Churchill’s Consistency: Politics Before Country (Part 2)
Consistency in Politics…
…was a theme of Churchill’s, and he often wrote about it. He made many mistakes, but throughout his career he was seldom guilty of lacking consistency. Continued from Part 1…
“Much better if he had never lived”
Churchill maintained friendly relations with Baldwin until Baldwin died in 1947. Nevertheless—which was rare for him—he never forgave and never forgot. In June 1947 he made an astonishing statement: “I wish Stanley Baldwin no ill, but it would have been much better if he had never lived.” Official biographer Martin Gilbert wrote that this was not Churchill’s usual consistency, but exactly the opposite:
In my long search for Churchill few letters have struck a clearer note than this one. Churchill was almost always magnanimous: his tribute to Neville Chamberlain in 1940 was among the high points of his parliamentary genius. But he saw Baldwin as responsible for the “locust years” when Britain, if differently led, could have easily rearmed, and kept well ahead of the German military and air expansion, which Hitler had begun in 1933 from a base of virtual disarmament. Churchill saw Baldwin’s policies, especially with regard to Royal Air Force expansion, as having given Hitler the impression, first, that Britain would not stand up to aggression beyond its borders, and second, that if war came Britain would not be in a position to act effectively even to defend its own cities.
As we contemplate current world events, let us hope that today’s leaders do not put politics before country. At the moment, I very much fear that many of them are.
In 1937, Prime Minister Stanley Baldwin retired in favor of Neville Chamberlain. Churchill had served with him in an earlier government, and respected Chamberlain despite their differences. But Churchill’s consistency remained intact. He was soon disenchanted with Chamberlain’s foreign policy. This remained as dedicated to Appeasement as Baldwin’s had been.
Chamberlain did begin to rearm the country, which stood Britain well in the war to come. In 1939, Hitler absorbed Czechoslovakia, contrary to his promises in the Munich Agreement. Chamberlain sent a British guarantee to the likely next target, Poland. “Here,” wrote Churchill in his memoirs, “was decision at last, taken at the worst possible moment and on the last satisfactory ground, which must surely lead to the slaughter of tens of millions of people.”
After Churchill replaced Chamberlain as Prime Minister in May 1940, the latter remained loyal. He supported Churchill against those who argued that Britain should reach an accommodation with Hitler and end the war. Chamberlain died in November 1940. Churchill eulogized him in Parliament in generous words. But he never forgot what he saw as Baldwin’s admission of putting politics before country. Praising Chamberlain, he said, “was not an insuperable task, since I admired many of Neville’s great qualities. But I pray to God in his infinite mercy that I shall not have to deliver a similar oration on Baldwin. That indeed would be difficult to do.”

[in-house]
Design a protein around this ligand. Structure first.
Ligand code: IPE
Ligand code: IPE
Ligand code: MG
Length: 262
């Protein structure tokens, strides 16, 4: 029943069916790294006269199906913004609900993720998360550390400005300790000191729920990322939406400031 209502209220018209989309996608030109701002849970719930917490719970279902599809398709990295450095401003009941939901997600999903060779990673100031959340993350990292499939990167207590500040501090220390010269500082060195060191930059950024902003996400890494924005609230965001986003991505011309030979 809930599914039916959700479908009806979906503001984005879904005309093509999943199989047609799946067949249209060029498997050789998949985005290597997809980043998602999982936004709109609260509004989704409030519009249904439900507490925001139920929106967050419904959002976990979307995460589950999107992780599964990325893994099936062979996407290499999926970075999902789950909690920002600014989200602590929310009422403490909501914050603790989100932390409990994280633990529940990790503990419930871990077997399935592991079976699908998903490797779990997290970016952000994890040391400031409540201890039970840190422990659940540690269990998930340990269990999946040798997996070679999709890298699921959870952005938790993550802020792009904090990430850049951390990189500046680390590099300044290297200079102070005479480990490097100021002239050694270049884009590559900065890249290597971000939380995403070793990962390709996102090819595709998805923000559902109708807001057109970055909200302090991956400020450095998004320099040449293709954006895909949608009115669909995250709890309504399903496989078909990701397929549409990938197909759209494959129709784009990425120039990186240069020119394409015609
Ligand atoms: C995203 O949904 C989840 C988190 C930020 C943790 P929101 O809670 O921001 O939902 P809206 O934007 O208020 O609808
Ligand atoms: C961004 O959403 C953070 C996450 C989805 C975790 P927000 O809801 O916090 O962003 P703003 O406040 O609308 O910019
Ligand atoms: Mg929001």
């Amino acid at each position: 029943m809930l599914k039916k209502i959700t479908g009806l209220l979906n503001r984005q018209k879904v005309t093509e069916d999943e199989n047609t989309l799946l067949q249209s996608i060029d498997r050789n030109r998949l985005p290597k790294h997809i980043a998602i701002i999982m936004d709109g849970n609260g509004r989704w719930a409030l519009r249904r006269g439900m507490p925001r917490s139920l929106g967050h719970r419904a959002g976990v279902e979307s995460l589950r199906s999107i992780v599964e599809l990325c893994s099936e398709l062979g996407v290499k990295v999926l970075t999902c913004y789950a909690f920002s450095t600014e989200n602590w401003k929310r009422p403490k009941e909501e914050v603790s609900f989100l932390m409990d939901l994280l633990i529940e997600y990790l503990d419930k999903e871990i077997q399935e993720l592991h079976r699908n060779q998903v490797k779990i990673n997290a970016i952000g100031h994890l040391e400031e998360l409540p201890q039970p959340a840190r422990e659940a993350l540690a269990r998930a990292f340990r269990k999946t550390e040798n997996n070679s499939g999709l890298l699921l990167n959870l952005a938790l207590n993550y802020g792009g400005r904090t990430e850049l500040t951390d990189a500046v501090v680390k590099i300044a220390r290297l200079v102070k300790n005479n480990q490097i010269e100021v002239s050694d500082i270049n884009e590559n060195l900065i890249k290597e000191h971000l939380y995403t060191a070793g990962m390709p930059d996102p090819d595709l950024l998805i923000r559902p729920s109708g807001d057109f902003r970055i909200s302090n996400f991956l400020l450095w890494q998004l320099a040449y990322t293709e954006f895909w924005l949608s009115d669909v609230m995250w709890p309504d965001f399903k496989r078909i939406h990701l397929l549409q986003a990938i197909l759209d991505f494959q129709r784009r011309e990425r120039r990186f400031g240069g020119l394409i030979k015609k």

What can be learned
America and the great democracies face problems long simmering, now perhaps no longer just simmering. They may indeed result in a wreckage similar to what might have befallen the world, had Churchill’s Britain and its Commonwealth not stood alone against Hitler. Until, he remarked ruefully, “those who hitherto had been half blind were half ready.”
The clearest declaration of Churchill’s character and principle I have ever read came in July 1936, at the height of the rearmament debate, Churchill told Parliament:
I would endure with patience the roar of exultation that would go up when I was proved wrong, because it would lift a load off my heart and off the hearts of many Members. What does it matter who gets exposed or discomfited? If the country is safe, who cares for individual politicians, in or out of office?
That ringing declaration demonstrates Churchill’s devotion to principle and to his nation, regardless of poll ratings or unpopularity—characteristics some leaders also demonstrate, from time to time.
Consistency vs. inaction
Striking also are certain earlier Churchill remarks in 1928. They serve as a warning against inaction in the face of the obvious, by leaders today. They were written by Churchill to Lord Beaverbrook, after he had read Beaverbrook’s Politicians and the War. Meant in no invidious sense, they express only sorrow:
Think of all these people—decent, educated, the story of the past laid out before them—What to avoid—what to do etc.—patriotic, loyal, clean—trying their utmost—What a ghastly muddle they made of it! Unteachable from infancy to tomb—There is the first and main characteristic of mankind.
Worth heeding too are Churchill’s words from 1933, which are evergreen: “We ought to rejoice at the responsibilities with which destiny has honoured us, and be proud that we are guardians of our country in an age when her life is at stake.”
 Martin Gilbert, In Search of Churchill: A Historian’s Journey (London: HarperCollins, 1994, 106. WSC to Leslie Rowan, 19 July 1947, courtesy Churchill Archives Centre.
 Winston S. Churchill, The Gathering Storm (London: Cassell, 1948), 271-72.
 Harold Nicolson, diary for 22 November 1940, in Nigel Nicolson, ed., Harold Nicolson Diaries and Letters, 3 vols. (London: Collins, 1966-68), II, 129.
 Winston S. Churchill, theme of Their Finest Hour (1949), in Richard M. Langworth, ed., Churchill in His Own Words (London: Ebury Press, 2012), 271.
 WSC, House of Commons, 20 July 1936, in Churchill in His Own Words, 493.
 WSC to Beaverbrook, 21 May 1928, in Churchill in His Own Words, 28.
 Churchill to the Royal Society of St. George, 24 April 1933, in Churchill in His Own Words, 78.